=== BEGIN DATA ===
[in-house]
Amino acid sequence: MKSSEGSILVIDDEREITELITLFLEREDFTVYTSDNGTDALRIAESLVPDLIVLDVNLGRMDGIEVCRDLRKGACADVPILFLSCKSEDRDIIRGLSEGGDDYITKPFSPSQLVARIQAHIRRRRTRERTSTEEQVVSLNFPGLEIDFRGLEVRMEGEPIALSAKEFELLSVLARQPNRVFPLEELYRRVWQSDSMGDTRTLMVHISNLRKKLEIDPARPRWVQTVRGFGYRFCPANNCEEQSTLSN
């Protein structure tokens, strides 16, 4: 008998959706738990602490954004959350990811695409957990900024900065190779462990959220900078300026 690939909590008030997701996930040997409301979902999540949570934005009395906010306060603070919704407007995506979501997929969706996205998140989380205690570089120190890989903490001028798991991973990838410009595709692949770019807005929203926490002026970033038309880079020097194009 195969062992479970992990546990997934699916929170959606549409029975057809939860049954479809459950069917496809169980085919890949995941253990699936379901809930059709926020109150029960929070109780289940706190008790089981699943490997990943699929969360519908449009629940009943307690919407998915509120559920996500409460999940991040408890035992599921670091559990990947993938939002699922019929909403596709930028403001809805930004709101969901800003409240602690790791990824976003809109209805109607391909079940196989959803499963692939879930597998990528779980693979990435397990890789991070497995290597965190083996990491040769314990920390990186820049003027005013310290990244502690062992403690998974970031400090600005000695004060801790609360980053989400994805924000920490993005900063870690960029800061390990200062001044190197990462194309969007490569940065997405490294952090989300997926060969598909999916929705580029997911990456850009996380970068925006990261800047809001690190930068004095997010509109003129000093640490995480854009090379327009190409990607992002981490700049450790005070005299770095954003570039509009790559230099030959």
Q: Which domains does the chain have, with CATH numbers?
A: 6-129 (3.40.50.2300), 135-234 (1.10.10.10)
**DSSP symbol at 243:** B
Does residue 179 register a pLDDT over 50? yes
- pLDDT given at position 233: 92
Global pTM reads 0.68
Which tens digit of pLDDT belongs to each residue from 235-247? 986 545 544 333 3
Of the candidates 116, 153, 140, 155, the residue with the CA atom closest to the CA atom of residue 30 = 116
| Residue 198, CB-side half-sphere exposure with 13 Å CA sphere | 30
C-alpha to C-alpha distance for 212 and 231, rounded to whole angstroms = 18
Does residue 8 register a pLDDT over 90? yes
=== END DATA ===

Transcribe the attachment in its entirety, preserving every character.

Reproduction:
[in-house]
Amino acid sequence: MKSSEGSILVIDDEREITELITLFLEREDFTVYTSDNGTDALRIAESLVPDLIVLDVNLGRMDGIEVCRDLRKGACADVPILFLSCKSEDRDIIRGLSEGGDDYITKPFSPSQLVARIQAHIRRRRTRERTSTEEQVVSLNFPGLEIDFRGLEVRMEGEPIALSAKEFELLSVLARQPNRVFPLEELYRRVWQSDSMGDTRTLMVHISNLRKKLEIDPARPRWVQTVRGFGYRFCPANNCEEQSTLSN
């Protein structure tokens, strides 16, 4: 008998959706738990602490954004959350990811695409957990900024900065190779462990959220900078300026 690939909590008030997701996930040997409301979902999540949570934005009395906010306060603070919704407007995506979501997929969706996205998140989380205690570089120190890989903490001028798991991973990838410009595709692949770019807005929203926490002026970033038309880079020097194009 195969062992479970992990546990997934699916929170959606549409029975057809939860049954479809459950069917496809169980085919890949995941253990699936379901809930059709926020109150029960929070109780289940706190008790089981699943490997990943699929969360519908449009629940009943307690919407998915509120559920996500409460999940991040408890035992599921670091559990990947993938939002699922019929909403596709930028403001809805930004709101969901800003409240602690790791990824976003809109209805109607391909079940196989959803499963692939879930597998990528779980693979990435397990890789991070497995290597965190083996990491040769314990920390990186820049003027005013310290990244502690062992403690998974970031400090600005000695004060801790609360980053989400994805924000920490993005900063870690960029800061390990200062001044190197990462194309969007490569940065997405490294952090989300997926060969598909999916929705580029997911990456850009996380970068925006990261800047809001690190930068004095997010509109003129000093640490995480854009090379327009190409990607992002981490700049450790005070005299770095954003570039509009790559230099030959």
Q: Which domains does the chain have, with CATH numbers?
A: 6-129 (3.40.50.2300), 135-234 (1.10.10.10)
**DSSP symbol at 243:** B
Does residue 179 register a pLDDT over 50? yes
- pLDDT given at position 233: 92
Global pTM reads 0.68
Which tens digit of pLDDT belongs to each residue from 235-247? 986 545 544 333 3
Of the candidates 116, 153, 140, 155, the residue with the CA atom closest to the CA atom of residue 30 = 116
| Residue 198, CB-side half-sphere exposure with 13 Å CA sphere | 30
C-alpha to C-alpha distance for 212 and 231, rounded to whole angstroms = 18
Does residue 8 register a pLDDT over 90? yes